Doves

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Doves and pigeons constitute the bird family Columbidae within the order Columbiformes, which include some 300 species of near passerines, stout-bodied birds with short necks, and have short slender bills. In general terms "dove" and "pigeon" are used somewhat interchangeably. In ornithological practice, there is a tendency for "dove" to be used for smaller species and "pigeon" for larger ones, but this is in no way consistently applied, and historically the common names for these birds involve a great deal of variation between the terms "dove" and "pigeon." The species commonly referred to just as "pigeon" is the Feral Rock Pigeon, common in many cities.

The Common Indian Dove mostly seen in the Villages of India

Sourced[edit]

Doves[edit]

  • The Dove,
    On silver pinions, winged her peaceful way.
  • Not half so swift the trembling doves can fly,
    When the fierce eagle cleaves the liquid sky;
    Not half so swiftly the fierce eagle moves,
    When thro' the clouds he drives the trembling doves.
  • Anon, as patient as the female dove,
    When that her golden couplets are disclosed,
    His silence will sit drooping.

Hoyt's New Cyclopedia Of Practical Quotations[edit]

Quotes reported in Hoyt's New Cyclopedia Of Practical Quotations (1922), p. 201.
  • And there my little doves did sit
    With feathers softly brown
    And glittering eyes that showed their right
    To general Nature's deep delight.
  • The thrustelcok made eek hir lay,
    The wode dove upon the spray
    She sang ful loude and cleere.
  • As when the dove returning bore the mark
    Of earth restored to the long labouring ark;
    The relics of mankind, secure at rest,
    Oped every window to receive the guest,
    And the fair bearer of the message bless'd.
  • Listen, sweet Dove, unto my song,
    And spread thy golden wings in me;
    Hatching my tender heart so long,
    Till it get wing, and flie away with Thee.
  • We roar all like bears, and mourn sore like doves.
    • Isaiah. LIX. 11.
  • See how that pair of billing doves

    With open murmurs own their loves
    And, heedless of censorious eyes,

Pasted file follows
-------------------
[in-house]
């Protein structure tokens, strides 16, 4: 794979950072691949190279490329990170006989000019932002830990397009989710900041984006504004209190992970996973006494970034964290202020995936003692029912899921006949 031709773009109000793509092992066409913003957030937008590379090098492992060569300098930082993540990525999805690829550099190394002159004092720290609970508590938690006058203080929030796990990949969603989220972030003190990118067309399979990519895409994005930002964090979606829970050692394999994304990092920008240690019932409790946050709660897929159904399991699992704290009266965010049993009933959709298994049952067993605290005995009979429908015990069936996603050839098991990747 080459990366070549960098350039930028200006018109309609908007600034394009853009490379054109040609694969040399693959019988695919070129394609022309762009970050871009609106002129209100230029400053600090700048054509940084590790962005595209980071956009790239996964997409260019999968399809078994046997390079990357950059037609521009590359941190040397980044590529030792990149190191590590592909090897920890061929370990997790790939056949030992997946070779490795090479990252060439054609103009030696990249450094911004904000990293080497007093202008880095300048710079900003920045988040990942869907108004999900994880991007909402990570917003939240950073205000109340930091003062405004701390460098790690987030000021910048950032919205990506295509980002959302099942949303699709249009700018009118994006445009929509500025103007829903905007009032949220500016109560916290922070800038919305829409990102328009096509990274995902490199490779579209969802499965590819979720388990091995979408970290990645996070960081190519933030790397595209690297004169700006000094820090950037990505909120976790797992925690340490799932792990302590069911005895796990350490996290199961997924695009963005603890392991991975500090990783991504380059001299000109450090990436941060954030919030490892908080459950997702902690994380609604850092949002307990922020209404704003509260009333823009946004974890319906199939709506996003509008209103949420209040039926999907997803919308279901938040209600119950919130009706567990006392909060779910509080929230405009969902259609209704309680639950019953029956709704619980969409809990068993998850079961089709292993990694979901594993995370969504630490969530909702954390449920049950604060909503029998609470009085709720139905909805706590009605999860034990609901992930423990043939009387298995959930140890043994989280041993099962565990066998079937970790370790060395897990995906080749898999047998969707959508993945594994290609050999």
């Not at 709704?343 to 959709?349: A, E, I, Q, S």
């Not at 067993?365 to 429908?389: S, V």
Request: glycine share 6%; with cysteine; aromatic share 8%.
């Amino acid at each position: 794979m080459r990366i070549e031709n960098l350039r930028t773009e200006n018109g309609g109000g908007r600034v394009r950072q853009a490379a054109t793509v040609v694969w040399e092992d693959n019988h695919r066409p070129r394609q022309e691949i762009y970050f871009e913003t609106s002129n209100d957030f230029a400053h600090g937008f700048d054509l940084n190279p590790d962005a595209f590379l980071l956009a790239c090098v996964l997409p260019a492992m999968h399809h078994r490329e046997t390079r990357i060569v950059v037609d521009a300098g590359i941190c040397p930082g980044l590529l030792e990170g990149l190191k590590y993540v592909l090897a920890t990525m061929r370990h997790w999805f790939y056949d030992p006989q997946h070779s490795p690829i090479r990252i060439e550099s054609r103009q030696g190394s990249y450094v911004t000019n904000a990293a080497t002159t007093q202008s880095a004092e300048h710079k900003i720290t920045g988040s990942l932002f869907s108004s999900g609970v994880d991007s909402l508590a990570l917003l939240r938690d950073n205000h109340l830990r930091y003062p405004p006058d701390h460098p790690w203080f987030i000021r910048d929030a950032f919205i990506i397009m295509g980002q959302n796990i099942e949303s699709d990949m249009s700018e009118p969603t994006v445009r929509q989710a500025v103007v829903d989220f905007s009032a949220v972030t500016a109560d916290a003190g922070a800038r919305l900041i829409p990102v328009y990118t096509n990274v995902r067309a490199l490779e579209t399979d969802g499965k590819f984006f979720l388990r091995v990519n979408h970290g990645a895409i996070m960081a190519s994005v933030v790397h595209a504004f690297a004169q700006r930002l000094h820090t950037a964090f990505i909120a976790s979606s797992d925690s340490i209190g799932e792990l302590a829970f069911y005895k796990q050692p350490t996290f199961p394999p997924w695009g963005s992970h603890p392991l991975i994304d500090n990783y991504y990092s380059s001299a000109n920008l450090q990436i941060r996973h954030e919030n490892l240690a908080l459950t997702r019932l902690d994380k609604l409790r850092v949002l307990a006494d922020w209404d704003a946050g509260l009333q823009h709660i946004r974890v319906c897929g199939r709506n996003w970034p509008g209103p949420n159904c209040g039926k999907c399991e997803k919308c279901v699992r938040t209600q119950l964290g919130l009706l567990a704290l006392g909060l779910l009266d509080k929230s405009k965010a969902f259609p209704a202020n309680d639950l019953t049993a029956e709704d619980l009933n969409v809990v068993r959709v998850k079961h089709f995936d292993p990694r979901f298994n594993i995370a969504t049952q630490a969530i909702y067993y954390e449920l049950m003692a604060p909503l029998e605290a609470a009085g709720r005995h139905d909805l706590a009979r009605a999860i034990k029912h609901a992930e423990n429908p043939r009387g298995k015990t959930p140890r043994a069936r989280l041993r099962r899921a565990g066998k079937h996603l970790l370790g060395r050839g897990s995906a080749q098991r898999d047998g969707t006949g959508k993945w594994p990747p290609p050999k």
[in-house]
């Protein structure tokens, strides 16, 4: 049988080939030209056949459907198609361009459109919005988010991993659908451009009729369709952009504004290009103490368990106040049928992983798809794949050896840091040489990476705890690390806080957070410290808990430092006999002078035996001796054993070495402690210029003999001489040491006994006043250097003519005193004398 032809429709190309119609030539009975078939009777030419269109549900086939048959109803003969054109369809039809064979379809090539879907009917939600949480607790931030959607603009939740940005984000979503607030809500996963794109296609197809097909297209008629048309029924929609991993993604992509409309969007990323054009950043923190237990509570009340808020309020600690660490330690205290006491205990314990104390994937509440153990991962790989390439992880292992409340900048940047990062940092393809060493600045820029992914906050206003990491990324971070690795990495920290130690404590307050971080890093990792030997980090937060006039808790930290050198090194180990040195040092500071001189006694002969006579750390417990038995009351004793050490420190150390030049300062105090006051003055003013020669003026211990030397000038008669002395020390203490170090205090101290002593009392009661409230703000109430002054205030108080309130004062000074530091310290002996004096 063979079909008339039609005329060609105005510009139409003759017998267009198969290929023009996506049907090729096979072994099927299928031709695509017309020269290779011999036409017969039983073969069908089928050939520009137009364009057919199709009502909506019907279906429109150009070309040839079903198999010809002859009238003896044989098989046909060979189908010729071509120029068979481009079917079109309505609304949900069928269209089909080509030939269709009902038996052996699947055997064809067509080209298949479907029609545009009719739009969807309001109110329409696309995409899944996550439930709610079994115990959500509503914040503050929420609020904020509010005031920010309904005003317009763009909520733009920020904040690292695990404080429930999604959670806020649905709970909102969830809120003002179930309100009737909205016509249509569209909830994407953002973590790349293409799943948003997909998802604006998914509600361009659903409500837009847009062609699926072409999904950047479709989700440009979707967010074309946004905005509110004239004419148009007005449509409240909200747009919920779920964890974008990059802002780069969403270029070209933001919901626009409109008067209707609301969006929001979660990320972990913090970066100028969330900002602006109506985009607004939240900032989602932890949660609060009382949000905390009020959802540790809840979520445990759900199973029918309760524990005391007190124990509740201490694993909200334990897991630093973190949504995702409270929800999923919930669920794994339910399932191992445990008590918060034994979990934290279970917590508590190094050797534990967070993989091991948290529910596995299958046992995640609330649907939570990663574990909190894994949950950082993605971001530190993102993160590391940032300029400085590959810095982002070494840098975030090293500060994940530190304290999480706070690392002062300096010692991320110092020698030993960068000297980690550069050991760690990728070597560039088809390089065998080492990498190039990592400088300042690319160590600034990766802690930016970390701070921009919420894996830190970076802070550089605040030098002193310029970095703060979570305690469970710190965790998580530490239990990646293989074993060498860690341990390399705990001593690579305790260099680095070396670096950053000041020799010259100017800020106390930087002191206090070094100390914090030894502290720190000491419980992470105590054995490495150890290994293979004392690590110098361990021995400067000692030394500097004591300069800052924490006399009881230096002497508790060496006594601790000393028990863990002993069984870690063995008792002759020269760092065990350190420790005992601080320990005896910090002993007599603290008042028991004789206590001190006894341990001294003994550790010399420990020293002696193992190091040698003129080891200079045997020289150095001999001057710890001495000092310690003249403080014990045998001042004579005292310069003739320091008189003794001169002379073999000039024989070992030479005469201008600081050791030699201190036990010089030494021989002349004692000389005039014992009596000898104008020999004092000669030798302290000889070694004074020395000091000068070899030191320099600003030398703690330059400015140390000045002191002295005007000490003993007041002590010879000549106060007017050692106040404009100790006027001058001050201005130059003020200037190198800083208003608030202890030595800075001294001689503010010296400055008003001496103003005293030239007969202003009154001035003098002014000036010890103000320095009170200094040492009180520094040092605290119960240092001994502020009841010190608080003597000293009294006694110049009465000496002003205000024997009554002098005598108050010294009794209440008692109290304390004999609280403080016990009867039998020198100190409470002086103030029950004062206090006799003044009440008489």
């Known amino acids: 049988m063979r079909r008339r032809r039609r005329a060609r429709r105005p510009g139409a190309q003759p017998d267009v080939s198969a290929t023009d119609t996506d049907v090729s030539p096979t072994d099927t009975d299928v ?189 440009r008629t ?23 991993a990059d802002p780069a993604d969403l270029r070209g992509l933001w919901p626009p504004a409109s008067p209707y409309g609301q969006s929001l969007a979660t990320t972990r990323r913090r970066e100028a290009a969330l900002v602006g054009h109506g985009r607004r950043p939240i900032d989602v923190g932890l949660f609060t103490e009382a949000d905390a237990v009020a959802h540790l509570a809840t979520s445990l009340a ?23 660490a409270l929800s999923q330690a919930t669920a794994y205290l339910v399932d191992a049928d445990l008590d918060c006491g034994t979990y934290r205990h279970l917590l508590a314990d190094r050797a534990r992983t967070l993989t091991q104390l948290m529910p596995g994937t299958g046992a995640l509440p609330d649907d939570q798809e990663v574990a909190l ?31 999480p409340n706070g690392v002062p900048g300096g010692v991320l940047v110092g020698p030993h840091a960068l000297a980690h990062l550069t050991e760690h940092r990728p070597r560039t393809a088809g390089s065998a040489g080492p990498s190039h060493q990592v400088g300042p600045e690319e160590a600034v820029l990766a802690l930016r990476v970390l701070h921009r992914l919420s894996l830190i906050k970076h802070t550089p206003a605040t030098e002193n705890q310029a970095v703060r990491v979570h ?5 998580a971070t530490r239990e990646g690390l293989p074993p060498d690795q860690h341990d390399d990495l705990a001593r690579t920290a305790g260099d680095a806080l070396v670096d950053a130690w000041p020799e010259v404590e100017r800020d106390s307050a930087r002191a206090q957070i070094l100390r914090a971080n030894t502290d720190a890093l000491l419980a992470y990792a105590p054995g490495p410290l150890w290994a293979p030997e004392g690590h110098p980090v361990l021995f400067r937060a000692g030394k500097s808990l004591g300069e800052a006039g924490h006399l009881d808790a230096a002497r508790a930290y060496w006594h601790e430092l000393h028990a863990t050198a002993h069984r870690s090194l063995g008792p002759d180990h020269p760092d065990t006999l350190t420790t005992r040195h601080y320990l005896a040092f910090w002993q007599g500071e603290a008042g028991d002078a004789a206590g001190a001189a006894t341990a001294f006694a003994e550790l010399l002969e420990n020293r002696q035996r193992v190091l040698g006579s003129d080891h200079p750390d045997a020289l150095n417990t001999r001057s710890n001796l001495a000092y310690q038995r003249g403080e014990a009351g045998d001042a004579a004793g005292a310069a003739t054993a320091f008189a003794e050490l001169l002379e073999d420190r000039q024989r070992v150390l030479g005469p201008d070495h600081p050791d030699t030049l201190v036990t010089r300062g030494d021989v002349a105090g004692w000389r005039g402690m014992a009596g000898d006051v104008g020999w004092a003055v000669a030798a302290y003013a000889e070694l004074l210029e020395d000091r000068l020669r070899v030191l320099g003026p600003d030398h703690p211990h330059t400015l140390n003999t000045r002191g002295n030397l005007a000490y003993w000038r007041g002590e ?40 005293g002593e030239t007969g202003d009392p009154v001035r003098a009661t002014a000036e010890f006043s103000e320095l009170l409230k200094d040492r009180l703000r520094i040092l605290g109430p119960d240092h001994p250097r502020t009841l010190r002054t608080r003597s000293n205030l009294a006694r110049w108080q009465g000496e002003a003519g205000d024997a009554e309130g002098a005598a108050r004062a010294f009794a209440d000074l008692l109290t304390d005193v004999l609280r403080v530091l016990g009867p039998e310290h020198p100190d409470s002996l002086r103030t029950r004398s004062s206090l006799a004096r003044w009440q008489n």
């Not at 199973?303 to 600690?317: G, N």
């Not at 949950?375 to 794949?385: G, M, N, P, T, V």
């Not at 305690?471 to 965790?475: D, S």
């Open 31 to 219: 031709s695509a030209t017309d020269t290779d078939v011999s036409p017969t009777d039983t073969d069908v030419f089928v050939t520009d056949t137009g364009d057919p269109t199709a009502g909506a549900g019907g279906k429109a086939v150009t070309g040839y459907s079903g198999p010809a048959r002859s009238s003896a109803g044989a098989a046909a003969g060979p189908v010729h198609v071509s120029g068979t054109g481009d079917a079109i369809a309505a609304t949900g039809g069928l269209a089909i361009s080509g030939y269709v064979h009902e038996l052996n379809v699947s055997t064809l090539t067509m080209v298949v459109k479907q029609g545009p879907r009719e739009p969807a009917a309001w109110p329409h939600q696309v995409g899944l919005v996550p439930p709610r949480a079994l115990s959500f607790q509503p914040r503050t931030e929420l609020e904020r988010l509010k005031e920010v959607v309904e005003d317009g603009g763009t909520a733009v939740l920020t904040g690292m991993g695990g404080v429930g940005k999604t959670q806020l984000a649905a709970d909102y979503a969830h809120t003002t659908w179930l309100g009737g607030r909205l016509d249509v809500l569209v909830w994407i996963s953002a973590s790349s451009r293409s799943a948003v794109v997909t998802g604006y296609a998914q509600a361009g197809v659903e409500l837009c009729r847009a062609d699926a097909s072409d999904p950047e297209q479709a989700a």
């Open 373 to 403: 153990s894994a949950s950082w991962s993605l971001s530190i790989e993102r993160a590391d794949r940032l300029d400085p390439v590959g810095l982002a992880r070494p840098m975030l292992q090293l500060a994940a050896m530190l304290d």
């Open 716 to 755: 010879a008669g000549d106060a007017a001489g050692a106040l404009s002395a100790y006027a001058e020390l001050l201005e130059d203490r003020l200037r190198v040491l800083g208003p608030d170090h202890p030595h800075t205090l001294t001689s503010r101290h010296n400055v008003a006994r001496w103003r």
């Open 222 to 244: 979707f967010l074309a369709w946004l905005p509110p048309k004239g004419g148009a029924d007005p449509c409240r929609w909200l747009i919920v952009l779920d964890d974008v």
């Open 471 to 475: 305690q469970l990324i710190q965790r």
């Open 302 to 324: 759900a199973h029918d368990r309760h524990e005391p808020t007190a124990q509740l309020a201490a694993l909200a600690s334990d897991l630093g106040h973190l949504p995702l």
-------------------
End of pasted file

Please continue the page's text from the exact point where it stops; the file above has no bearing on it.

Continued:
Pursue their unpolluted joys:
    No fears of future want molest
    The downy quiet of their nest.
  • Ut solet accipiter trepidas agitare columbas.
    • As the hawk is wont to pursue the trembling doves.
    • Ovid, Metamorphoses, V, 606.
  • Oh that I had wings like a dove! for then would I fly away, and be at rest.
    • Psalms. LV. 6.
  • And oft I heard the tender dove
    In firry woodlands making moan.
  • I heard a Stock-dove sing or say
    His homely tale, this very day;
    His voice was buried among trees,
    Yet to be come at by the breeze:
    He did not cease; but cooed—and cooed;
    And somewhat pensively he wooed:
    He sang of love, with quiet blending,
    Slow to begin, and never ending;
    Of serious faith, and inward glee;
    That was the song,—the song for me!

Pigeons[edit]

  • Wood-pigeons cooed there, stock-doves nestled there;
    My trees were full of songs and flowers and fruit,
    Their branches spread a city to the air.
  • 'Tis a bird I love, with its brooding note,
    And the trembling throb in its mottled throat;
    There's a human look in its swelling breast,
    And the gentle curve of its lowly crest;
    And I often stop with the fear I feel—
    He runs so close to the rapid wheel.
    • Nathaniel Parker Willis, The Belfry Pigeon; reported in Hoyt's New Cyclopedia Of Practical Quotations (1922), p. 597.

External links[edit]

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